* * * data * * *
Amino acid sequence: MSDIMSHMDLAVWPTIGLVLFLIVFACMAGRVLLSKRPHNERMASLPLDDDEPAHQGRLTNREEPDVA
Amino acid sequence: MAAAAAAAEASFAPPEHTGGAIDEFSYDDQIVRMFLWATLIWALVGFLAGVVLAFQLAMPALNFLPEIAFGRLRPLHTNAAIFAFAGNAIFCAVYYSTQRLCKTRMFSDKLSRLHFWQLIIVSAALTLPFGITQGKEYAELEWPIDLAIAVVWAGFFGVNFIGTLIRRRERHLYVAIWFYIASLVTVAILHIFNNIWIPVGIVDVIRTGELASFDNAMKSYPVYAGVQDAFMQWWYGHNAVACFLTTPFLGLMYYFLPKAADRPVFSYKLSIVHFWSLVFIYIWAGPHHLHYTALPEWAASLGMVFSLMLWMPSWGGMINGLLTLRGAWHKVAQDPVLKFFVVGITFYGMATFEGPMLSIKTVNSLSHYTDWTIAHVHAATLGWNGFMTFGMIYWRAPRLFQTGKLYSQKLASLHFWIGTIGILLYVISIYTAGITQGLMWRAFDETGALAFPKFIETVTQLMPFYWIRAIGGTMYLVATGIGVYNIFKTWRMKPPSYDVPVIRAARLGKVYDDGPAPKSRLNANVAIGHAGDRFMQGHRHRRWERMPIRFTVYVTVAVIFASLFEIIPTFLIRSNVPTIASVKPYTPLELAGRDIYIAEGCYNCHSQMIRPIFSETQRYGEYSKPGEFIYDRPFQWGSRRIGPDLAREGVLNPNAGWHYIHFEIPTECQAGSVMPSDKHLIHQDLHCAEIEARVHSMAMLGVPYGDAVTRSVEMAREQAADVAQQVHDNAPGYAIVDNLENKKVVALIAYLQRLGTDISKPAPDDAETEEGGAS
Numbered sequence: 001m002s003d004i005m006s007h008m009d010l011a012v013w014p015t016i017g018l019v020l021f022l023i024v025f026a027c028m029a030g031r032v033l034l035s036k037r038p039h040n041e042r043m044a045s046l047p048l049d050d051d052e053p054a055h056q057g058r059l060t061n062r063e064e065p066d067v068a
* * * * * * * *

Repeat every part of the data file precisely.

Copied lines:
Amino acid sequence: MSDIMSHMDLAVWPTIGLVLFLIVFACMAGRVLLSKRPHNERMASLPLDDDEPAHQGRLTNREEPDVA
Amino acid sequence: MAAAAAAAEASFAPPEHTGGAIDEFSYDDQIVRMFLWATLIWALVGFLAGVVLAFQLAMPALNFLPEIAFGRLRPLHTNAAIFAFAGNAIFCAVYYSTQRLCKTRMFSDKLSRLHFWQLIIVSAALTLPFGITQGKEYAELEWPIDLAIAVVWAGFFGVNFIGTLIRRRERHLYVAIWFYIASLVTVAILHIFNNIWIPVGIVDVIRTGELASFDNAMKSYPVYAGVQDAFMQWWYGHNAVACFLTTPFLGLMYYFLPKAADRPVFSYKLSIVHFWSLVFIYIWAGPHHLHYTALPEWAASLGMVFSLMLWMPSWGGMINGLLTLRGAWHKVAQDPVLKFFVVGITFYGMATFEGPMLSIKTVNSLSHYTDWTIAHVHAATLGWNGFMTFGMIYWRAPRLFQTGKLYSQKLASLHFWIGTIGILLYVISIYTAGITQGLMWRAFDETGALAFPKFIETVTQLMPFYWIRAIGGTMYLVATGIGVYNIFKTWRMKPPSYDVPVIRAARLGKVYDDGPAPKSRLNANVAIGHAGDRFMQGHRHRRWERMPIRFTVYVTVAVIFASLFEIIPTFLIRSNVPTIASVKPYTPLELAGRDIYIAEGCYNCHSQMIRPIFSETQRYGEYSKPGEFIYDRPFQWGSRRIGPDLAREGVLNPNAGWHYIHFEIPTECQAGSVMPSDKHLIHQDLHCAEIEARVHSMAMLGVPYGDAVTRSVEMAREQAADVAQQVHDNAPGYAIVDNLENKKVVALIAYLQRLGTDISKPAPDDAETEEGGAS
Numbered sequence: 001m002s003d004i005m006s007h008m009d010l011a012v013w014p015t016i017g018l019v020l021f022l023i024v025f026a027c028m029a030g031r032v033l034l035s036k037r038p039h040n041e042r043m044a045s046l047p048l049d050d051d052e053p054a055h056q057g058r059l060t061n062r063e064e065p066d067v068a